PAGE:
Businessmen walk past heavy machinery at a construction site in Tokyo's business district, Japan.
Tokyo: Japan’s core machinery orders tumbled by the most on record in September after a severe earthquake and typhoons disrupted business activity, with economists now also worried about a fall in overseas orders.
The 18.3 percent slump in machinery orders far outpaced the median market estimate for a 10.0 percent decline and follows a 6.8 percent increase in August.
’s 12.5 percent decline in overseas machinery orders, the biggest such fall in more than two years, could signal sustained weakness in export demand.
Japan’s economy is forecast to contract in July-September, and the machinery orders slump suggests any rebound in the following quarters is likely to be weak if exports and business investment lose momentum.
Manufacturers surveyed by the government expect core machinery orders to rise 3.6 percent in October-December after a 0.9 percent increase in July-September, but some economists worry this forecast is overly optimistic.
“I was already expecting capital expenditure to be weak in July-September, but the fall in overseas orders makes me worried about demand from China,” said Hiroaki Muto, economist at Tokai Tokyo Research Center.
“Japan’s economy will resume expansion from the fourth quarter, but I’m worried the pace of growth will wane.”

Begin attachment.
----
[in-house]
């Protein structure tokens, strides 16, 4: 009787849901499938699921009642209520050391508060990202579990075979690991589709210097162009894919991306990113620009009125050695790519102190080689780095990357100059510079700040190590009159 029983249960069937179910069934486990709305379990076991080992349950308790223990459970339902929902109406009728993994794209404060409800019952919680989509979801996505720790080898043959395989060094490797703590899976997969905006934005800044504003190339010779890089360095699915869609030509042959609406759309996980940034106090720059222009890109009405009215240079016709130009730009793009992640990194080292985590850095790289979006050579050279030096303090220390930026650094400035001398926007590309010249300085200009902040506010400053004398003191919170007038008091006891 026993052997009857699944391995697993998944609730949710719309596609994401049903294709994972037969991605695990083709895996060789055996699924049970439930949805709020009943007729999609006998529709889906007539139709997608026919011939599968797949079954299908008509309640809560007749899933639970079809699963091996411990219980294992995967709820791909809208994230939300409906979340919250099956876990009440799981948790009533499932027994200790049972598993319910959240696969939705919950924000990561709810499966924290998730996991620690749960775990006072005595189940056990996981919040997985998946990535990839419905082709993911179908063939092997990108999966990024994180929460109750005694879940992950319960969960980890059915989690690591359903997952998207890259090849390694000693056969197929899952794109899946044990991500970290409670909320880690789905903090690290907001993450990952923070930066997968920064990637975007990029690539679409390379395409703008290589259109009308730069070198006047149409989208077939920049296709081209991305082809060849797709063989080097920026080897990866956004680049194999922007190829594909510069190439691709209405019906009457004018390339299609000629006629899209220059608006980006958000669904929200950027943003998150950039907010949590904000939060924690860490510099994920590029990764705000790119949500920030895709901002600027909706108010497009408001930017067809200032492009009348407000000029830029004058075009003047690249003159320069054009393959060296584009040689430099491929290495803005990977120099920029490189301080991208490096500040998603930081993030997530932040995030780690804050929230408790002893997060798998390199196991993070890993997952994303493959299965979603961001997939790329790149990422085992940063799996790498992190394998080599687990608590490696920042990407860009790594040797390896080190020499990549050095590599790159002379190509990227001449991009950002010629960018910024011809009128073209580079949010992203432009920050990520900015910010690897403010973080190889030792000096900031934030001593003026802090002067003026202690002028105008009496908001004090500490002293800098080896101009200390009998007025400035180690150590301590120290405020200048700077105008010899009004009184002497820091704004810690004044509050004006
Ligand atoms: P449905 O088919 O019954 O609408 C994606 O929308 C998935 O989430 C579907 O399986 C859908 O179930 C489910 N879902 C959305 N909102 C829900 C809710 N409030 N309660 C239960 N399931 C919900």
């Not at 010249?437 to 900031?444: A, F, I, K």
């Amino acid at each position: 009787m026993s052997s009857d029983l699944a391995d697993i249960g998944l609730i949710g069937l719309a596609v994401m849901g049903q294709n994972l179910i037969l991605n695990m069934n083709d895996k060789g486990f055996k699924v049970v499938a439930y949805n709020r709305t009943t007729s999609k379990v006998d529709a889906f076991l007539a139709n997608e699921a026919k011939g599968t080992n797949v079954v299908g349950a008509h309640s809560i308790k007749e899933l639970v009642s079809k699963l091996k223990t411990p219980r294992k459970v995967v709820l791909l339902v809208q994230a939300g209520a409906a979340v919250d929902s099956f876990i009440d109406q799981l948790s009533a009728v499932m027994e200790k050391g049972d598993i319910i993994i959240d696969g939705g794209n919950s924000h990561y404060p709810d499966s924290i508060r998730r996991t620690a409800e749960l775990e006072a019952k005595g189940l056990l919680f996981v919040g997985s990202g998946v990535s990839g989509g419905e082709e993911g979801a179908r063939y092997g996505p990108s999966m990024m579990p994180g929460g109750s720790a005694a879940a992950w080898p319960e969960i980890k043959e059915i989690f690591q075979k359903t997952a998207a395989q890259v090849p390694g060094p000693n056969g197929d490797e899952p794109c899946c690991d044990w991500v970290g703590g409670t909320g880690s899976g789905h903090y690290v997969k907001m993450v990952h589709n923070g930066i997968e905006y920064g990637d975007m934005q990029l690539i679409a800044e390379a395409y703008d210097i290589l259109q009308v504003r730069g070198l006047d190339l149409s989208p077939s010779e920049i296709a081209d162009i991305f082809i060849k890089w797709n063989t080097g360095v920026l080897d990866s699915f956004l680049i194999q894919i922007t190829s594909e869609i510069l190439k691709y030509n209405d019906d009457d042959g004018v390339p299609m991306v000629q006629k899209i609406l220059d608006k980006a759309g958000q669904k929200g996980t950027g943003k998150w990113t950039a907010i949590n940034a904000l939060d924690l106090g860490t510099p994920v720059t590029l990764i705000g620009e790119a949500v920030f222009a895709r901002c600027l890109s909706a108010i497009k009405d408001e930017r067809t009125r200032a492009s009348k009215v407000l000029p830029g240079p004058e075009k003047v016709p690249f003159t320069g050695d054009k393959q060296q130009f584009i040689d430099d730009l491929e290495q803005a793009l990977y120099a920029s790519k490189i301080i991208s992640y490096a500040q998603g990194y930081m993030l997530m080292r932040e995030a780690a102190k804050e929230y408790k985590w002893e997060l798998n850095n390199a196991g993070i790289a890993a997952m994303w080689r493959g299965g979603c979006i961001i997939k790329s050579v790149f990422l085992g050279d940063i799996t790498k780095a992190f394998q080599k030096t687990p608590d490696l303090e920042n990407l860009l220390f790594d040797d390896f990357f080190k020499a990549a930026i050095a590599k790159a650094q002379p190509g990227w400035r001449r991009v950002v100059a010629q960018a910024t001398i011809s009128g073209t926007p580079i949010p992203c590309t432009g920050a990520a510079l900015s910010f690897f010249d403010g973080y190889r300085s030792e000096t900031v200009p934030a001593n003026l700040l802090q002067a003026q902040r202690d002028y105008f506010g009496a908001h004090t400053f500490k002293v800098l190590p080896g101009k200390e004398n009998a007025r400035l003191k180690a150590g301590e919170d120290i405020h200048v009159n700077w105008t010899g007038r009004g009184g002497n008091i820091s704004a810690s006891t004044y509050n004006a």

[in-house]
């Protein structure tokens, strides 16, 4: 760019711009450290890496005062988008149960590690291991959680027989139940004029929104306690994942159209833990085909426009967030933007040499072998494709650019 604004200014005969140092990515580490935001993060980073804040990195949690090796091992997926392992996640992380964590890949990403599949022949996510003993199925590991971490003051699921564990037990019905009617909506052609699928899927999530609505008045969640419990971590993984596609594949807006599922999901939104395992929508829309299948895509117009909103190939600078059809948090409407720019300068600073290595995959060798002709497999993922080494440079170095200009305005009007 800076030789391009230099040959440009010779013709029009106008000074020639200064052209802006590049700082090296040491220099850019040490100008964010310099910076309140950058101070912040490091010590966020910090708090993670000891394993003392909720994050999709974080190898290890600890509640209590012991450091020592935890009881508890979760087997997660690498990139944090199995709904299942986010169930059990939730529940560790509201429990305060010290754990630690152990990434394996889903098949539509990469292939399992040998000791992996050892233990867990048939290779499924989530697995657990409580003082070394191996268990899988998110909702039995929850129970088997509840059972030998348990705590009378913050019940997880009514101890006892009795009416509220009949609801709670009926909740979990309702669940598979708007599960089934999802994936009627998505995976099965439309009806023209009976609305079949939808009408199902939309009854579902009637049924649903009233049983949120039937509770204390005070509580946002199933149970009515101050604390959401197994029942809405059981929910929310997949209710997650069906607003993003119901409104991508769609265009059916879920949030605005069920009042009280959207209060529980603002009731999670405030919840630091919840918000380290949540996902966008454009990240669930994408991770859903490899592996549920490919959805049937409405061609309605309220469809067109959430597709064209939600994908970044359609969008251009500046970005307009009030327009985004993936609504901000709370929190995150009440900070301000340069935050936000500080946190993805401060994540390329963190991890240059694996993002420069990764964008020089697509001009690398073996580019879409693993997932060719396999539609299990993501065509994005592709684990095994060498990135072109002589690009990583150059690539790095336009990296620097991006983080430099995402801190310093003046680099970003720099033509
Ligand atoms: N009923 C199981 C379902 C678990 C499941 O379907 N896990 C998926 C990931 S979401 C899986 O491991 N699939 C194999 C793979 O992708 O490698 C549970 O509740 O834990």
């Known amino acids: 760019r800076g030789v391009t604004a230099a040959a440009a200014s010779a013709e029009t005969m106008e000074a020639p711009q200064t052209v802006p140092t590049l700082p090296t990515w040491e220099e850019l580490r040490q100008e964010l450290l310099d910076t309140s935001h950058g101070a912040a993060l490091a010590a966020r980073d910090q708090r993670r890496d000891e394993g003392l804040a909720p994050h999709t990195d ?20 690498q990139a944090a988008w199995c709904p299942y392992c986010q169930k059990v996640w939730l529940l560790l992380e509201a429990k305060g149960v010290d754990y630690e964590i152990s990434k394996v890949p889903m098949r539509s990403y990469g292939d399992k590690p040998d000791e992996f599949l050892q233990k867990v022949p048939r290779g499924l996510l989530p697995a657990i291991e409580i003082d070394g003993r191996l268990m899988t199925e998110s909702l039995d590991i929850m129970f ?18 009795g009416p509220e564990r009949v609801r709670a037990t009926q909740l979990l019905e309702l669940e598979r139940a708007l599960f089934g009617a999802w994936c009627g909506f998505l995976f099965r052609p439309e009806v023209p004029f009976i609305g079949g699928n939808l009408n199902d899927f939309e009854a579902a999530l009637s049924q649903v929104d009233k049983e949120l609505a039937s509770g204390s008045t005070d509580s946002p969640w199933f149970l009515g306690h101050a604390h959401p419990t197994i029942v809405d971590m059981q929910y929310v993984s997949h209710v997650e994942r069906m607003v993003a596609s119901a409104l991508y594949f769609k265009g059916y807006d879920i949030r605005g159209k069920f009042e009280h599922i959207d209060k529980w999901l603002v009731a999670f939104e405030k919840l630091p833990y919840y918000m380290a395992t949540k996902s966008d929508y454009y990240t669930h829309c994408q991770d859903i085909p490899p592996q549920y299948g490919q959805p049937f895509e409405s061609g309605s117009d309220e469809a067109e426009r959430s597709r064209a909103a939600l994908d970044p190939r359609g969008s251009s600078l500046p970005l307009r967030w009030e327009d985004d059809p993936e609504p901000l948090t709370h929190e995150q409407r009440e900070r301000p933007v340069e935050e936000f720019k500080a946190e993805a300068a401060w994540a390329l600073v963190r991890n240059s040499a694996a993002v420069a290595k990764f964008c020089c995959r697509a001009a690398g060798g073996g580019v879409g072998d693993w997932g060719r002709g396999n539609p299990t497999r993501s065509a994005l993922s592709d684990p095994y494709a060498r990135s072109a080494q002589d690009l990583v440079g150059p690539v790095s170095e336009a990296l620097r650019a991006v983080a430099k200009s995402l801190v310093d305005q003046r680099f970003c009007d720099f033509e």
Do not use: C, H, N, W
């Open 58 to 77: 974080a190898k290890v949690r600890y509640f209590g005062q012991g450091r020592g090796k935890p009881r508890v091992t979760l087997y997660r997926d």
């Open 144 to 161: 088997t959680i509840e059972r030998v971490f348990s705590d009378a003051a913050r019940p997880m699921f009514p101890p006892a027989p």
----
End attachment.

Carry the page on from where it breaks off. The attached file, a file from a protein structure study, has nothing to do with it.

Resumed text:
Orders from manufacturers fell 17.3 percent in September after a 6.6 percent in August, due to declining demand from makers of chemicals, electronics and vehicles, the data showed.
Service-sector orders fell 17.1 percent, versus a 6.0 percent increase in the previous month, due to a decline in orders for railway cars, heavy machinery, and computers.
“Core” machinery orders exclude those for ships and from electricity utilities.
The government changed its assessment of machinery orders to say they are recovering but fell sharply in September.
The northern island of Hokkaido lost power after a severe earthquake in September, which followed a series of typhoons and floods that damaged infrastructure in western Japan, although many businesses quickly resumed operations.
Japan’s index of coincident economic indicators, which is calculated from industrial output, jobs and retail sales data, fell a preliminary 2.1 points in September, concurrent with the natural disasters.
The government cut its assessment of the coincident index for the first time since May 2015, saying it is stalling.
Economic growth data due on Nov 14 is expected to show Japan’s economy contracted an annualised 1.0 percent in July-September, a Reuters poll found, largely due to the natural disasters and slowdown in overseas demand.